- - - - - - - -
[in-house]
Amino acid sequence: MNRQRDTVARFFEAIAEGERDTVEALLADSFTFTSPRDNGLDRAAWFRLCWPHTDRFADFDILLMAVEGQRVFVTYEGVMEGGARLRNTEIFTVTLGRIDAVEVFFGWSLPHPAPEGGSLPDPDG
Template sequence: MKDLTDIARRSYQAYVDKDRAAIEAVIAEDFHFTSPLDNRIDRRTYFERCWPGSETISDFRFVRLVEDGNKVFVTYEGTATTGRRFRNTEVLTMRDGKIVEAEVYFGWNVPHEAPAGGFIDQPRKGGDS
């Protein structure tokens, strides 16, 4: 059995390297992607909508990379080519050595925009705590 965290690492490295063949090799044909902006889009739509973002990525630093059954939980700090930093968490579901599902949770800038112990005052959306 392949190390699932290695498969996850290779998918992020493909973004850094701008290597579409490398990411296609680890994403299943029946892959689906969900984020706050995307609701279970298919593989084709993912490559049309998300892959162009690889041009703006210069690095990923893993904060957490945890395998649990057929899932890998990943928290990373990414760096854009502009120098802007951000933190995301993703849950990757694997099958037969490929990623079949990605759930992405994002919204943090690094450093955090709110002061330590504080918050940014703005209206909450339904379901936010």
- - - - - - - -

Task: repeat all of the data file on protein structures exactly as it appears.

[in-house]
Amino acid sequence: MNRQRDTVARFFEAIAEGERDTVEALLADSFTFTSPRDNGLDRAAWFRLCWPHTDRFADFDILLMAVEGQRVFVTYEGVMEGGARLRNTEIFTVTLGRIDAVEVFFGWSLPHPAPEGGSLPDPDG
Template sequence: MKDLTDIARRSYQAYVDKDRAAIEAVIAEDFHFTSPLDNRIDRRTYFERCWPGSETISDFRFVRLVEDGNKVFVTYEGTATTGRRFRNTEVLTMRDGKIVEAEVYFGWNVPHEAPAGGFIDQPRKGGDS
């Protein structure tokens, strides 16, 4: 059995390297992607909508990379080519050595925009705590 965290690492490295063949090799044909902006889009739509973002990525630093059954939980700090930093968490579901599902949770800038112990005052959306 392949190390699932290695498969996850290779998918992020493909973004850094701008290597579409490398990411296609680890994403299943029946892959689906969900984020706050995307609701279970298919593989084709993912490559049309998300892959162009690889041009703006210069690095990923893993904060957490945890395998649990057929899932890998990943928290990373990414760096854009502009120098802007951000933190995301993703849950990757694997099958037969490929990623079949990605759930992405994002919204943090690094450093955090709110002061330590504080918050940014703005209206909450339904379901936010």